The importance of crossing the midline

The body thus has two separate control centres coordinating the movements of the whole physical body, with an unseen 'midline' separating the left and right sides of the body. The control centres in the brain require good coordination and synchronisation in order to be able to move and act in a fluid and effective manner.

SAS Centre midlineNo, the midline is not the line in the middle of the road, but while we're mentioning that line, only cross it if it's safe to do so. The midline I'm interested in is an invisible line, or more accurately a plane, that divides our body in two, that separates left from right. Let me explain why it's important in relation to physical development and learning achievement.

The left side of our body is controlled by specialised processing centres in the right side of our brain, while the right side of our body is controlled by the left side of the brain. The body thus has two separate control centres coordinating the movements of the whole physical body, with an unseen 'midline' separating the left and right sides of the body. The control centres in the brain require good coordination and synchronisation in order to be able to move and act in a fluid and effective manner. We can observe that newborns are not very good at this as all their limbs are flying about without any coordination. But normally within months this improves considerably and by the time a baby starts to crawl, this coordination is already much better.

By the time a child start using his or her dominant hand, specialisation is starting to take place in the brain and this left-right division is starting to pay off. One side can become very good at fine motor skills for the dominant hand, relieving the other side to specialise in other brainy tasks. It's a bit like a football team, where a (specialised) right-winger kicks more accurately with his right foot and a left-winger is better with his left foot.

When our limbs cross this midline, our brain will send control signals from one side of the brain to the other side. We can strengthen synchronisation in the brain by making there cross mid-line movements, for instance, by first moving the right hand to the left knee and then the left hand to the right knee. Doing these kind of exercises for, say, 15 minutes each day, can help reduce impulsivity and hyper-active behaviour and boost attention and concentration.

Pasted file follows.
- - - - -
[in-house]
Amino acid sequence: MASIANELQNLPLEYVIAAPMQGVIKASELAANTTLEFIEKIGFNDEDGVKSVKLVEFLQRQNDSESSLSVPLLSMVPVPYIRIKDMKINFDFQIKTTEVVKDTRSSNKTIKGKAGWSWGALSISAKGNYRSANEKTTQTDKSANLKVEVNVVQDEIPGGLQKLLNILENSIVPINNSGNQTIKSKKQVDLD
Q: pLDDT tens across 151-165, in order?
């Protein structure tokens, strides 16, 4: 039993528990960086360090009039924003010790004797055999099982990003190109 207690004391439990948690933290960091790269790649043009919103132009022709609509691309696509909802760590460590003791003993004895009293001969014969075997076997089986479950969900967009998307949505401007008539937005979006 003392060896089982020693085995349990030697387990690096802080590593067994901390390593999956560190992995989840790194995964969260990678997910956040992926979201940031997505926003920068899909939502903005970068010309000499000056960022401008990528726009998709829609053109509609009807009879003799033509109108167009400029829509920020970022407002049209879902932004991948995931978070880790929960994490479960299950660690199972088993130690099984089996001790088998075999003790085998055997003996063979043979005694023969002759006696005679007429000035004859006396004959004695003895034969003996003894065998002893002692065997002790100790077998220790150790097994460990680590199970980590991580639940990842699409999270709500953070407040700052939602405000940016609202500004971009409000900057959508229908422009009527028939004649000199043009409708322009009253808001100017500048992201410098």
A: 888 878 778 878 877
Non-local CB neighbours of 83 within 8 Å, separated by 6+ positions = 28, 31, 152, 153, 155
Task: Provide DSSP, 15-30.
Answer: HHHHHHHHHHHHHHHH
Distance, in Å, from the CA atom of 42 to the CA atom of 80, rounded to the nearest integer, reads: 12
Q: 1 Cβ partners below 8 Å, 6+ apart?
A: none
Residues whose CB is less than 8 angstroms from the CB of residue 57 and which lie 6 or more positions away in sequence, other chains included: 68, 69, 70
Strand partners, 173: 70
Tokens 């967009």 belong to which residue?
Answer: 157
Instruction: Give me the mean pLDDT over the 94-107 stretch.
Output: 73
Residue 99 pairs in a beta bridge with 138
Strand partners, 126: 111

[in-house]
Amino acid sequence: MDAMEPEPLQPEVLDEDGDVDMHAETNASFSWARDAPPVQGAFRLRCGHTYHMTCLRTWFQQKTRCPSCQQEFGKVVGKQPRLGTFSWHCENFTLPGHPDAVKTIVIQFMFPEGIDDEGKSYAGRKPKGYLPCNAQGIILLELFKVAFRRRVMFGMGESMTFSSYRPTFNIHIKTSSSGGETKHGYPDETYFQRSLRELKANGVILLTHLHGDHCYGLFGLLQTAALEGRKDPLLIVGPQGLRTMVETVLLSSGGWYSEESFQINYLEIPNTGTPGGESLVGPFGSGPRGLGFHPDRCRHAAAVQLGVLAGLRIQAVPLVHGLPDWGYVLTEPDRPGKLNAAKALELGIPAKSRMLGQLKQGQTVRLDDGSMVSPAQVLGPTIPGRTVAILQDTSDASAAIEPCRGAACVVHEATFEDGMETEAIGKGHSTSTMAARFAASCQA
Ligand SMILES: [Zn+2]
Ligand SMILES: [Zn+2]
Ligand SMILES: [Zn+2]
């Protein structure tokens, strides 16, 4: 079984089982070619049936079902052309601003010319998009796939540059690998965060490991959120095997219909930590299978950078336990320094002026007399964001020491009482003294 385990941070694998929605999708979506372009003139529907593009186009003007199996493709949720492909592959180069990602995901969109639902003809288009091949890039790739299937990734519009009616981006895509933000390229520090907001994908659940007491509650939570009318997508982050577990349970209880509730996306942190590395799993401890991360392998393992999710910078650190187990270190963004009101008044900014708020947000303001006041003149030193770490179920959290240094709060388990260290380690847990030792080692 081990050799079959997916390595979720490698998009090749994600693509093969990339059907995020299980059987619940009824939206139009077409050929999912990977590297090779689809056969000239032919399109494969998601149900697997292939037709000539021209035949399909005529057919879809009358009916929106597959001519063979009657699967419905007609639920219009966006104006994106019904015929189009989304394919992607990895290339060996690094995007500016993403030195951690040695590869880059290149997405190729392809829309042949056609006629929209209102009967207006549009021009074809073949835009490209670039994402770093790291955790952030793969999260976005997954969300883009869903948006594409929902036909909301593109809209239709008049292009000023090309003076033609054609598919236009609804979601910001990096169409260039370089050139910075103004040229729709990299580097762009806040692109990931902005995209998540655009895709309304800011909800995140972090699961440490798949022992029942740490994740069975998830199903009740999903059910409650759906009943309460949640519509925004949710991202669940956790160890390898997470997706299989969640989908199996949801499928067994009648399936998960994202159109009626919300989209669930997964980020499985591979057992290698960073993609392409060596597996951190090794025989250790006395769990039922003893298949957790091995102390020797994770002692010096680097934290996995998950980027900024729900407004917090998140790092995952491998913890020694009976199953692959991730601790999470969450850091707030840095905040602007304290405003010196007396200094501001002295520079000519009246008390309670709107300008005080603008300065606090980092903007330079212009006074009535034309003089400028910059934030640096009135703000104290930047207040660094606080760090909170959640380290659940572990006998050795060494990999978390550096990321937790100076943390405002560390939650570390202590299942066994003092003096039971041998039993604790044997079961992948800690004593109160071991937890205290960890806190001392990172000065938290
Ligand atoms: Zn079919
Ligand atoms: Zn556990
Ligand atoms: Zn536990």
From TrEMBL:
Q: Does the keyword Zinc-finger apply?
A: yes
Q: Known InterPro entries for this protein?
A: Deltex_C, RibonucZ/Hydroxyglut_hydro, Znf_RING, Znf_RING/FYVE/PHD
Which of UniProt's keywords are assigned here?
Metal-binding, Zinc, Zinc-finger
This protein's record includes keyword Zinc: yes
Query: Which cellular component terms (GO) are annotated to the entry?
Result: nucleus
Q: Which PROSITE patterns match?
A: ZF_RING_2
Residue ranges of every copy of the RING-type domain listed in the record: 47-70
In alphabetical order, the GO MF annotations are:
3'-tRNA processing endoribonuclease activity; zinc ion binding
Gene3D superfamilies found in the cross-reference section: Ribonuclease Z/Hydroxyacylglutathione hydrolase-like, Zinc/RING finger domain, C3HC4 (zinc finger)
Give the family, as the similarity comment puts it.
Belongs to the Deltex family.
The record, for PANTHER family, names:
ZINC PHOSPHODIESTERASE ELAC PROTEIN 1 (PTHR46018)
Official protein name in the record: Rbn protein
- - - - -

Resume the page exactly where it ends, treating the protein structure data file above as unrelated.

The SAS neuro-sensory brain training method addresses each brain-half separately with specially processed music, tones and speech with the aim to improve inter-hemispheric communication, speed up processing and strengthen language development.

The method does not require attention or movement and can be used by clients of all abilities. Courses are individually designed to ensure they fit the abilities and needs of each client. A full course includes over 100,000 cross mid-line processing movements.Client feedback indicates improvements in attention, understanding, speech and language, social skills, behaviour and self-worth.

This article was read 1909 times.


Related Bulletins

Most people prefer right ear for listening

Most people prefer to be addressed in their right ears in everyday settings and are more likely to do a favor when the request is received in their right ears rather than their left ones, new research suggests

More about brainwaves

In most of the SAS programmes we use Binaural Frequency Differentials (BFD), which aim to gently guide our naturally occurring brainwaves in a certain direction, either up or down, faster or slower.

Auditory processing in the brain

Sounds received through our right ear is mainly processed in the left brain half and sounds coming into our left ear are mainly processed in the right half.

Ear dominance

You know if you are right or left handed, unless you belong to the very select group of naturally ambidextrous people who are equally at ease using their right hand or their left hand for all tasks. There is also mixed handedness, where some tasks are more easily performed with one hand and other tasks more easily with the other hand. But apart from these exceptions to the rule, most people are either right or left handed.